The business model is basic: web site owners and advertisers pay PTC sites to promote their site. In turn, PTC members receive a fraction of a cent for each click they generate to the advertised site. PTC members also receive commissions for referring new members to sign-up. As such, new members fall into a pyramid hierarchy in which a small percentage of their revenue is given to the referring user. PTC sites have varying degrees of memberships and also limit the number of times that a member can generate revenue from a participating site.
PTC members that try to cheat the system attempt to create as many referred users under them as possible to generate a commission, and from each newly created referrer, automatically click through the participating sites, generating a daily revenue stream something along the following lines:
Revenue = ((Commission * Referrer Accounts Created) + (Referrer Accounts Created * Clicks Allowed * Participating Sites * Fraction of a cent payout)) * Number of PTC sites a member of
PTC sites are aware of members attempting to cheat, so they look at things like the source IP of the transactions and identify and ban users when multiple accounts all come from the same IP address. PTC sites also try to identify if the transactions are being forwarded from a proxy - because of these checks, "elite" proxies unknown to the PTC sites are in high demand.
Here is an example of a PTC site that I saw being "cheated":
Note: there are many of these PTC sites, and they all look fairly similar to this setup.
On the homepage of the site, top earners are displayed:
The number 3 daily earner for this PTC site is "dominic1102" - looking at logs, I see this PTC member generating a large number of referrals to make commissions and increase their click volume. Example format:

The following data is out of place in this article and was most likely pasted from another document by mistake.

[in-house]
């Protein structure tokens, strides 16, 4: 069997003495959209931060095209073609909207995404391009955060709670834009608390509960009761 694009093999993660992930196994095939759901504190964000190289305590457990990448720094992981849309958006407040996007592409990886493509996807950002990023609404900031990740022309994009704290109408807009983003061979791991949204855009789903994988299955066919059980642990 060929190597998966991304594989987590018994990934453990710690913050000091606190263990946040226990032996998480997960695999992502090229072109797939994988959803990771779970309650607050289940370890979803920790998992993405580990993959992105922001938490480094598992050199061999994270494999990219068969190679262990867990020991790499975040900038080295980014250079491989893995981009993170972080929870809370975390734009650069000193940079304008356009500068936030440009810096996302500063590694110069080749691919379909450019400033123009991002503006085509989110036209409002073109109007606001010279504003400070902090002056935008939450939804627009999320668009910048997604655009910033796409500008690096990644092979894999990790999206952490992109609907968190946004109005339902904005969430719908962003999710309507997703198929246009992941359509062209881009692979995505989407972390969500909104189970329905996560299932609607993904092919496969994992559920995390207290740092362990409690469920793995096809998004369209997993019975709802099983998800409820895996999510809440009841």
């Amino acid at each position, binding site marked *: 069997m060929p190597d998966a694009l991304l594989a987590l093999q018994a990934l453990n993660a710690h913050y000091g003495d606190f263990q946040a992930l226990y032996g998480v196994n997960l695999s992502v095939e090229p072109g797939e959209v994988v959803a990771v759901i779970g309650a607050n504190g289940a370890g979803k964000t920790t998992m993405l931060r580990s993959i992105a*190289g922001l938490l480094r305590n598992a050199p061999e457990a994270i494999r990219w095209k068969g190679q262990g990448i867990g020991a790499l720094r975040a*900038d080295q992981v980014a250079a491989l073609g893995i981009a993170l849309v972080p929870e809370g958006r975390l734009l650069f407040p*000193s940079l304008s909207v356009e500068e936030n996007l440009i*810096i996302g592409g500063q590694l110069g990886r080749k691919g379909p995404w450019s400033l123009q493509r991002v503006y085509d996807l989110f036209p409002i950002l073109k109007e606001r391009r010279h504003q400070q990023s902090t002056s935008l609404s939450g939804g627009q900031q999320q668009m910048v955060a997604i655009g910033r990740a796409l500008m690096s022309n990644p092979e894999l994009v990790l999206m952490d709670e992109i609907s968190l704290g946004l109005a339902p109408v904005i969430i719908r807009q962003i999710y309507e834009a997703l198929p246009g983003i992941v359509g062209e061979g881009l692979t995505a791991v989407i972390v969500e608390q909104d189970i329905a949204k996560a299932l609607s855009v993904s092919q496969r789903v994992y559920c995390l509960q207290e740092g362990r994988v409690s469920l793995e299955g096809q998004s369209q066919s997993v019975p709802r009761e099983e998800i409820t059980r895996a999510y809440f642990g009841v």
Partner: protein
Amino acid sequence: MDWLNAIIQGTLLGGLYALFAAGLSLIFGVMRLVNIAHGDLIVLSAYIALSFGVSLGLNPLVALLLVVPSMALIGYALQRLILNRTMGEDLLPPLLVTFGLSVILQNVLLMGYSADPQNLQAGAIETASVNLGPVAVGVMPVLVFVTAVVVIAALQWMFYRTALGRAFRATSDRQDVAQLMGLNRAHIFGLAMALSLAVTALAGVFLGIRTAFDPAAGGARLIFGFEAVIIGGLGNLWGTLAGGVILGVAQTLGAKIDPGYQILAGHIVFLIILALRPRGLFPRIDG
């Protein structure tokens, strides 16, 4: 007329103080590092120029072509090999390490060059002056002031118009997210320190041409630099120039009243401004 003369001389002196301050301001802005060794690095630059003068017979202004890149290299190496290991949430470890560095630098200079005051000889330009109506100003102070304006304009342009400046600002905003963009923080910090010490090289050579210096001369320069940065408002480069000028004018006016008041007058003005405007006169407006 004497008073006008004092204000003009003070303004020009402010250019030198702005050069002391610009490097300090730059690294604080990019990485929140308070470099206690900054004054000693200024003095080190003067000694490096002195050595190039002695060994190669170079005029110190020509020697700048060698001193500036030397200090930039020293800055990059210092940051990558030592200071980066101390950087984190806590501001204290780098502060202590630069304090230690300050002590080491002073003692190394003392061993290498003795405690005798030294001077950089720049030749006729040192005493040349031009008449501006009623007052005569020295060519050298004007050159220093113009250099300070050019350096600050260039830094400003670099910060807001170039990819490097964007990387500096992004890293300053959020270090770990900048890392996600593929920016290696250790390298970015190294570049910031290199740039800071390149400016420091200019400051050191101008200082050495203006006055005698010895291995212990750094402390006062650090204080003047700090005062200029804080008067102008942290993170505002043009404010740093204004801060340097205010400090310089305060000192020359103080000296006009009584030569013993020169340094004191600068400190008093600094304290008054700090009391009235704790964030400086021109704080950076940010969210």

The "dominic1102" handle and client IP (188.8.131.52) was used for a number of other PTC sites as well, e.g., www.lakotaptc.info/index.php?ref=dominic1102
#4 IRC / ICQ Masking
Users of chat networks frequently what to hide their source IP address. Whether the user is engaged in illegal activity (e.g., selling stolen credentials) or wanting to remain anonymous in case a flame war erupts followed by a denial of service attack.
# 5 Proxy Testing / Reveal host IP:
It appears that a portion of the traffic analyzed comes from automated checks to identify open proxies. Once connected, the proxy is tested to see which IP address is exposed on the Internet when traffic is forwarded through the proxy.
# 6 Other Browsing and Site Scraping
This includes a variety of things, ranging from general browsing, porn and other "not safe for work" (NSFW) surfing and regular page scraping. Based on the transaction timestamps in the logs, much of the porn surfing appeared to be automated scraping of pornographic images.